Now we can multiply both sides by the reciprocal of one-half which will cancel out the one-half leaving our variable alone. This is an example of the multiplicative inverse property.

\begin{align*}\frac{2}{1} \left(\frac{1}{2}\right) x \le 8 \left(\frac{2}{1}\right)\end{align*}

The answer is that \begin{align*}x \le 16\end{align*}.

Some inequalities will require that you use combining like terms and the distributive property. Let’s take a look at these problems now.

III. Solve Inequalities Involving Both Distributing and Combining

Now let’s apply both combining like terms and the distributive property when working with the same inequality.

Example

Solve for \begin{align*}w\end{align*}: \begin{align*}-2(8+w)+18<28\end{align*}.

First, we should apply the distributive property to the left side of the inequality. We can multiply each of the two numbers inside the parentheses by -2 and then add those products.

\begin{align*}-2(8+w)+18 &< 28\\ (-2 \times 8)+(-2 \times w)+18 &< 28\\ -16+(-2w)+18 &< 28\end{align*}

Next, we can add the like terms (-16 and 18) on the left side of the inequality. Using the commutative and associative properties to reorder the terms on the left side of the equation can make it easier to see how to do this.

\begin{align*}-16+(-2w)+18 &< 28\\ -16+[(-2w)+18] &< 28\\ -16+[18+(-2w)] &< 28\\ (-16+18)+(-2w) &< 28\\ 2+(-2w) &< 28\end{align*}

Finally, we solve as you would solve any two-step inequality. Since 2 is added to \begin{align*}-2w\end{align*}, our first step should be to subtract 2 from both sides of the inequality.

\begin{align*}2+(-2w) &< 28\\ 2-2+(-2w) &< 28-2\\ 0+(-2w) &< 26\\ -2w &< 26\end{align*}

Now, we can isolate the variable, \begin{align*}w\end{align*}, by dividing both sides of the inequality by -2. Since we are dividing both sides by a negative number, we need to reverse the inequality symbol.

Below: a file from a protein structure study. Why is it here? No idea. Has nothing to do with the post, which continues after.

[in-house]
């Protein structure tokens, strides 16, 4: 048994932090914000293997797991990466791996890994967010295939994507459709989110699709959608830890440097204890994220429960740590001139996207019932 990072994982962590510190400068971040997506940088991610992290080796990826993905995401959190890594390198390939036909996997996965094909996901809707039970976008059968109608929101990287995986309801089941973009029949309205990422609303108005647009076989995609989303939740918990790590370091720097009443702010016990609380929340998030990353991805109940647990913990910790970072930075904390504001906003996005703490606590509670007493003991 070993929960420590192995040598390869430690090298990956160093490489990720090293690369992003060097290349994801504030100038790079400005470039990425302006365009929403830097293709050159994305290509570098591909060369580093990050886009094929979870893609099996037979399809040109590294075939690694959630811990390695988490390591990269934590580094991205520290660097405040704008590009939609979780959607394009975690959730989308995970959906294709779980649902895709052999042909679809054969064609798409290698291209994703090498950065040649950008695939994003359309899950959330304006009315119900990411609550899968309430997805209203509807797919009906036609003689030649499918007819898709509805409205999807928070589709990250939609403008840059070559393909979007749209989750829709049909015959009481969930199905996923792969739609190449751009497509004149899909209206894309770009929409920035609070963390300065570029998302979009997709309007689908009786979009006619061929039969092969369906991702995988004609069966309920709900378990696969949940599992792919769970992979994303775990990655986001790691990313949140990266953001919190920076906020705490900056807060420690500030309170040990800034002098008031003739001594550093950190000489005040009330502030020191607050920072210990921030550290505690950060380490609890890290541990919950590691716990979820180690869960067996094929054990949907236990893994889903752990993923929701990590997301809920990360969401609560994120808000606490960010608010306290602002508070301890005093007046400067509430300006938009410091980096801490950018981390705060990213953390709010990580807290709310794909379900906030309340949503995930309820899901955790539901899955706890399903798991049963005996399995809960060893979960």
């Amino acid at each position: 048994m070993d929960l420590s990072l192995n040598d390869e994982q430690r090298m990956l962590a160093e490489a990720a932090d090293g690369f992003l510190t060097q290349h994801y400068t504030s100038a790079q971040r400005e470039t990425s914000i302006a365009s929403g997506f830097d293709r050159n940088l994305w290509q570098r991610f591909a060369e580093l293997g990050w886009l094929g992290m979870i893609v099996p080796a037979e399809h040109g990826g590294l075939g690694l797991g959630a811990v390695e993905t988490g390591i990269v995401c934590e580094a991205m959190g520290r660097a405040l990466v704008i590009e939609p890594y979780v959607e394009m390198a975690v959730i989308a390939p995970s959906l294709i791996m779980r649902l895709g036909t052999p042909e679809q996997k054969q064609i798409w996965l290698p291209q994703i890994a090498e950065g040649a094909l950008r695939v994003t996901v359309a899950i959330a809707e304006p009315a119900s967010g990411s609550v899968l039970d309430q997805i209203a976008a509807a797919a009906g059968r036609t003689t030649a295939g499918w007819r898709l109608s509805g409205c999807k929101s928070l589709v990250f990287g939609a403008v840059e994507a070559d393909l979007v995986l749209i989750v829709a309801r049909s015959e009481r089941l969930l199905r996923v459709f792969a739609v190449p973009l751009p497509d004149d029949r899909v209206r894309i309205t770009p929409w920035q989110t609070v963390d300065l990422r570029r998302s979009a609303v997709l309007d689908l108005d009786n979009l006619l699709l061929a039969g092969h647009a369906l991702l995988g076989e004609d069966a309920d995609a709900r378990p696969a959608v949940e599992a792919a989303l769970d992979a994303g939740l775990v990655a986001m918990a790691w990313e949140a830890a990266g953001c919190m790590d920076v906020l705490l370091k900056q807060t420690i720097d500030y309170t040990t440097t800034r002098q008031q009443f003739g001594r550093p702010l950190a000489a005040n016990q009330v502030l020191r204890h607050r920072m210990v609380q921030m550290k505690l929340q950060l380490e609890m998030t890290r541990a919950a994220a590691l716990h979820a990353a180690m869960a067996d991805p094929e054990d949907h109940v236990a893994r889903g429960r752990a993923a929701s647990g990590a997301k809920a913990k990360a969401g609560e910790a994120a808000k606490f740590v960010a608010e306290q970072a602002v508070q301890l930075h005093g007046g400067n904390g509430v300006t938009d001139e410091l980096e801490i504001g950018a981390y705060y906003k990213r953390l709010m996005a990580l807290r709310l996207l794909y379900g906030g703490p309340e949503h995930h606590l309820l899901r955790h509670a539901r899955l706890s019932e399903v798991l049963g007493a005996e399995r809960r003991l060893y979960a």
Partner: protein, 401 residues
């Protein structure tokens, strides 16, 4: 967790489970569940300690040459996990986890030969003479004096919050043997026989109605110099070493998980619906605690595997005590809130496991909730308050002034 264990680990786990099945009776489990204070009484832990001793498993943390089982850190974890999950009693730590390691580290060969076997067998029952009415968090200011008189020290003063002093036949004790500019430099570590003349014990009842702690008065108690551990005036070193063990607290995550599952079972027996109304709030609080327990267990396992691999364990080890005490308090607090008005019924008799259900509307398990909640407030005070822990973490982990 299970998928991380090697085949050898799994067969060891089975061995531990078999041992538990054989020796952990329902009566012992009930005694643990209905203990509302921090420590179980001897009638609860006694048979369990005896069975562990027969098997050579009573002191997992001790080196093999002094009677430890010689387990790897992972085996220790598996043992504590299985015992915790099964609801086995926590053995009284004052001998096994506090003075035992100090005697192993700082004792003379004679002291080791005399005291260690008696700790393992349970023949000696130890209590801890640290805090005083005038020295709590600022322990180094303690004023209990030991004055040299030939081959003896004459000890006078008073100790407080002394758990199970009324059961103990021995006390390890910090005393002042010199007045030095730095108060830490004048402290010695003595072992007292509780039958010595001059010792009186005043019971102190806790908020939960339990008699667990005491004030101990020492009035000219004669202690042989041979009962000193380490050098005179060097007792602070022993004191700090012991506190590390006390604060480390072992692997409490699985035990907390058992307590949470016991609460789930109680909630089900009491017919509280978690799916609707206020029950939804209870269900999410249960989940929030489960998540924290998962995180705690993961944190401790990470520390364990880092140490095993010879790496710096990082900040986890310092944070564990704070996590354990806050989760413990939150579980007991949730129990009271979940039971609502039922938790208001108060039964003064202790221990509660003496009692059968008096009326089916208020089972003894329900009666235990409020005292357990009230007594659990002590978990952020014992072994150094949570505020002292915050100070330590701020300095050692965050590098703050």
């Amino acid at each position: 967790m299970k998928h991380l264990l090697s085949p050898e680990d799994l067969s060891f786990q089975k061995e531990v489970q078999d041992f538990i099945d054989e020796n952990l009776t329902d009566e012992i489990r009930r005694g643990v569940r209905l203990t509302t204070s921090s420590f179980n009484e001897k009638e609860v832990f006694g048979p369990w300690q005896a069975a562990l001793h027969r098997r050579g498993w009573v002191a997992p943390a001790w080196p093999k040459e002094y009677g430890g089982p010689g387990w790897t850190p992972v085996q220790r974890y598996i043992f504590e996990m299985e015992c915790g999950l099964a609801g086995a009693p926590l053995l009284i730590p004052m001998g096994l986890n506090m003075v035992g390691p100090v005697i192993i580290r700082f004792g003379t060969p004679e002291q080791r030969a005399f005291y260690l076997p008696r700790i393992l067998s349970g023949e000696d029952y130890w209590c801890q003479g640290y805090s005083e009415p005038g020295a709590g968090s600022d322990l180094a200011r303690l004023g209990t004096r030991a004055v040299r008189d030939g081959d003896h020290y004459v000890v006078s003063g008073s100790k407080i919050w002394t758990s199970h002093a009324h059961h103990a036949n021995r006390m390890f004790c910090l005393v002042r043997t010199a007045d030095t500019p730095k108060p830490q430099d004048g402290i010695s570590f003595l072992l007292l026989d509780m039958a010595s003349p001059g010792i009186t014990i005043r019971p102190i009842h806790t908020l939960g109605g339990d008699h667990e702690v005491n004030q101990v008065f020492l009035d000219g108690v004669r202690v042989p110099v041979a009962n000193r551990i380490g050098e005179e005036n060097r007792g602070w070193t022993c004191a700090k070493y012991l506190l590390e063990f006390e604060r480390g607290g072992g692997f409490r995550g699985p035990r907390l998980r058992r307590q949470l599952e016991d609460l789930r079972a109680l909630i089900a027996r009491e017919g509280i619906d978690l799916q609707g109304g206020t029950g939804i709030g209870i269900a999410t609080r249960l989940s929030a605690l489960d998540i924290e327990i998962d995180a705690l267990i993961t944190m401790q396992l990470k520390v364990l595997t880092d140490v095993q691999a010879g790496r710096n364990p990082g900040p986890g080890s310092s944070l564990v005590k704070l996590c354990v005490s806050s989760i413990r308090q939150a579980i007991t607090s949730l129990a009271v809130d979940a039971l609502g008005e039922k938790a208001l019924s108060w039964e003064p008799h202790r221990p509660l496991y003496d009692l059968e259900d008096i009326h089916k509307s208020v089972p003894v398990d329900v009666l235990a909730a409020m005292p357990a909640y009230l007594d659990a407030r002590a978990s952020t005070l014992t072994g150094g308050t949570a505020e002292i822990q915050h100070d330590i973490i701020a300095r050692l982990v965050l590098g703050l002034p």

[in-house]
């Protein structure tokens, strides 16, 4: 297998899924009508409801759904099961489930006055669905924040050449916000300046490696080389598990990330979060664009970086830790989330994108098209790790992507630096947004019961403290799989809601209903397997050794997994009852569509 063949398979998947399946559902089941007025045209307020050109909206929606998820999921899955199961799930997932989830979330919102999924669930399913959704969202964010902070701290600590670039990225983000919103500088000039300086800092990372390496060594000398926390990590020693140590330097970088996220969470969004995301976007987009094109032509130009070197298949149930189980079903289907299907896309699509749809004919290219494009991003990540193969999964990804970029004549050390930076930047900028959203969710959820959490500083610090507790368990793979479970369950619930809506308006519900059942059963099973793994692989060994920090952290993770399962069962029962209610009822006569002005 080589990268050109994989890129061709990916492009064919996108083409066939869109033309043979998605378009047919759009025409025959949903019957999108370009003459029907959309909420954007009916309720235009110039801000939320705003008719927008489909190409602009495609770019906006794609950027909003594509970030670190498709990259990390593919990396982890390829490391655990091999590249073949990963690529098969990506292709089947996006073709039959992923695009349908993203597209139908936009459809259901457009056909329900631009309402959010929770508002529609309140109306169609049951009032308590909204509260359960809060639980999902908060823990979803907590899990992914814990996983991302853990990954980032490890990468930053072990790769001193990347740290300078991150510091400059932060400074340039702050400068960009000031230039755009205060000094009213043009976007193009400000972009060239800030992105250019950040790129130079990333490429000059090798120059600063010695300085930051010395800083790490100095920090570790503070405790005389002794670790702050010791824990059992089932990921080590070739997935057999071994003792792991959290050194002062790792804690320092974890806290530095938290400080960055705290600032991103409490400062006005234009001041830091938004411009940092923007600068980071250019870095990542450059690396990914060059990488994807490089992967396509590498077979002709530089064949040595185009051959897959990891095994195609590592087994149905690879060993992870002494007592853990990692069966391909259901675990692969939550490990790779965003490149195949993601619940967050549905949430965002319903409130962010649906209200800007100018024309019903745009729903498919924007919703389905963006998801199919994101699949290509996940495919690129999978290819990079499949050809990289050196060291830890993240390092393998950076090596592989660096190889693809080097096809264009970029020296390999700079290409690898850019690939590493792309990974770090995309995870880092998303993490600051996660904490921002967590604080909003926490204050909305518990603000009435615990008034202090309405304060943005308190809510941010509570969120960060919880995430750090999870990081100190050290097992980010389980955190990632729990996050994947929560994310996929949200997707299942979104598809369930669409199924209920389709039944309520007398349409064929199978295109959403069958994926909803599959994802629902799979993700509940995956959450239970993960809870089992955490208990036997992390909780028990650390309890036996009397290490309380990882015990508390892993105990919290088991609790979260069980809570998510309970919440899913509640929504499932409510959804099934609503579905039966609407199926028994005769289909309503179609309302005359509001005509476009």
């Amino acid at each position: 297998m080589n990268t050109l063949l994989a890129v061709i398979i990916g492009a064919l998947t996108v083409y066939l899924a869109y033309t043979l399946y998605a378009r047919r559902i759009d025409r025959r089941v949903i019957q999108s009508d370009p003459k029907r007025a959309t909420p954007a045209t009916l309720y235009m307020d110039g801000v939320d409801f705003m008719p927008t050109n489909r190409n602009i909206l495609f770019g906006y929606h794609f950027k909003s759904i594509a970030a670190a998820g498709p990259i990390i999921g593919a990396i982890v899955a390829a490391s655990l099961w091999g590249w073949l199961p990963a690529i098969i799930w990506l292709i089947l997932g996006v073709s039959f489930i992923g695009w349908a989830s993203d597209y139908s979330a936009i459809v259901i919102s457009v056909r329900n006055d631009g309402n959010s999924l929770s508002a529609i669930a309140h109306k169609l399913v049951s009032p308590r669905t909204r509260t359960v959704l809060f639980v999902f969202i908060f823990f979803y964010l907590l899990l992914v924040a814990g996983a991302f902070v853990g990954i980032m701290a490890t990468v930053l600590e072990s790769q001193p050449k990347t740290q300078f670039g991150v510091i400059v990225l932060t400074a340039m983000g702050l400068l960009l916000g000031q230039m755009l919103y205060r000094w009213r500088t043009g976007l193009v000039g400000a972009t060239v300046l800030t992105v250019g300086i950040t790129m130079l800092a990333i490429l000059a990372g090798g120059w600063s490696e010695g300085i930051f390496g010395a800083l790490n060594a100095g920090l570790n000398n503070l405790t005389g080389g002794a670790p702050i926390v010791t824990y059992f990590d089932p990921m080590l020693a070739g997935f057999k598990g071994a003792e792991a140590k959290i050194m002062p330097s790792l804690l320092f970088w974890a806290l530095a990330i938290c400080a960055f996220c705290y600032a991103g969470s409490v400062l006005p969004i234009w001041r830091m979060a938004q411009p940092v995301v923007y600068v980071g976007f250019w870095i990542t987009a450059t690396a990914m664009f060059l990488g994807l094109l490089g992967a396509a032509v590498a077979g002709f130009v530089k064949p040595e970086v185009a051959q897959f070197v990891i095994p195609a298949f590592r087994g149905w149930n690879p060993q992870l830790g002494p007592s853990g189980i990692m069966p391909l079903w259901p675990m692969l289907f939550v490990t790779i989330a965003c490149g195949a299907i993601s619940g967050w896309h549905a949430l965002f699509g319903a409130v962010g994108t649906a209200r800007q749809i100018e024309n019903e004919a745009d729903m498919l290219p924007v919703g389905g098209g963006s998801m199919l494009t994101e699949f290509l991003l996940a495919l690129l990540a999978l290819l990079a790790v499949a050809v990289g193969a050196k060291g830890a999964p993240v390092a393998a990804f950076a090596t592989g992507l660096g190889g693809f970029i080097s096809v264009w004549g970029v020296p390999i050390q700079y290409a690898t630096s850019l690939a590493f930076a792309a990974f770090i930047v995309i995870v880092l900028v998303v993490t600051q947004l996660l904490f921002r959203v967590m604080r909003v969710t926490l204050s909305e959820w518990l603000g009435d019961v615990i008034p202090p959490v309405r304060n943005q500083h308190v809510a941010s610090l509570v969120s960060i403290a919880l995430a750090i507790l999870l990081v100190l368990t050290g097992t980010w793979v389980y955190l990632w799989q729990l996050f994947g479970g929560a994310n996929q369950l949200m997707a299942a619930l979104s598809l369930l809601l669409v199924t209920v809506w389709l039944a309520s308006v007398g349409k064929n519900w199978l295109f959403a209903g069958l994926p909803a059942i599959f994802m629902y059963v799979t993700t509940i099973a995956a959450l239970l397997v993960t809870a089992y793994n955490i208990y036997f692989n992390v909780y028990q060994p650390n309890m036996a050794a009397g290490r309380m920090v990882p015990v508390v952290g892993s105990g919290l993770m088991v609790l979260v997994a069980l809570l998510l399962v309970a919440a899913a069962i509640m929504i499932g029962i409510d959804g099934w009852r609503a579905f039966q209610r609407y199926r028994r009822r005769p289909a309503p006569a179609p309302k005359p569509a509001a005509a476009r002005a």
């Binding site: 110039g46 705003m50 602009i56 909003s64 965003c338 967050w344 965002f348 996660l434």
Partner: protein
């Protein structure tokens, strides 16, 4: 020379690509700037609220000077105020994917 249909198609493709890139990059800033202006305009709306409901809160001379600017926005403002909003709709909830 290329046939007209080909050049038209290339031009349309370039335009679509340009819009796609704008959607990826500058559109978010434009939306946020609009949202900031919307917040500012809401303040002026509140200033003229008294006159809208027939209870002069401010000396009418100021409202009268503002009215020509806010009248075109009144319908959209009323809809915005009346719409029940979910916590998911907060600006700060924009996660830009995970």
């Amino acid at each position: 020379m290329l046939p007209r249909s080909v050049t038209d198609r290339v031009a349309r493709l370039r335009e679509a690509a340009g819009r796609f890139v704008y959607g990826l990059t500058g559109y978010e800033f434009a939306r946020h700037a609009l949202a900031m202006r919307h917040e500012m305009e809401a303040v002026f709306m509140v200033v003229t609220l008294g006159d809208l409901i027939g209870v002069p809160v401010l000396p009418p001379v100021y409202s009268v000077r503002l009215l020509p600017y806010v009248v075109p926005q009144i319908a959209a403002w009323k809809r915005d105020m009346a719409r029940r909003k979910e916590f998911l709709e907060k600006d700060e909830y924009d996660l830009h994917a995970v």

\begin{align*}-2w &< 26\\ \frac{-2w}{-2} &> \frac{26}{-2}\\ 1w &> -13\\ w &> -13\end{align*}

The solution is \begin{align*}w > -13\end{align*}.

All of these skills can help us when we work with real – world problems. Let’s look at solving real – world problems with multi – step inequalities.

IV. Model and Solve Real – World Problems Using Multi-Step Inequalities

Sometimes, we can write a multi-step inequality to represent a real-world problem situation. Once again, you will be using key words to work on these. Take a minute and refer back to your notebook. Then continue.

Now let’s look at an example.

Example

Ms. Layne wants to build a rectangular deck in her back yard. She wants the length of the deck to be exactly 9 feet. She wants the perimeter of her deck to be, at most, 28 feet. The perimeter of any rectangle can be found by using the expression \begin{align*}P=2(l+w)\end{align*}, where \begin{align*}l\end{align*} represents the length and \begin{align*}w\end{align*} represents the width.

a. Write an inequality that could be used to represent \begin{align*}w\end{align*}, the possible widths, in feet, she could use for her deck.

b. Would a deck with a width of 6 feet result in a deck with the perimeter she wants?

Consider part a first.

You know that the length is 9 feet, so substitute 9 for \begin{align*}l\end{align*} into the expression \begin{align*}2(l+w)\end{align*}. This expression represents the actual perimeter of the deck.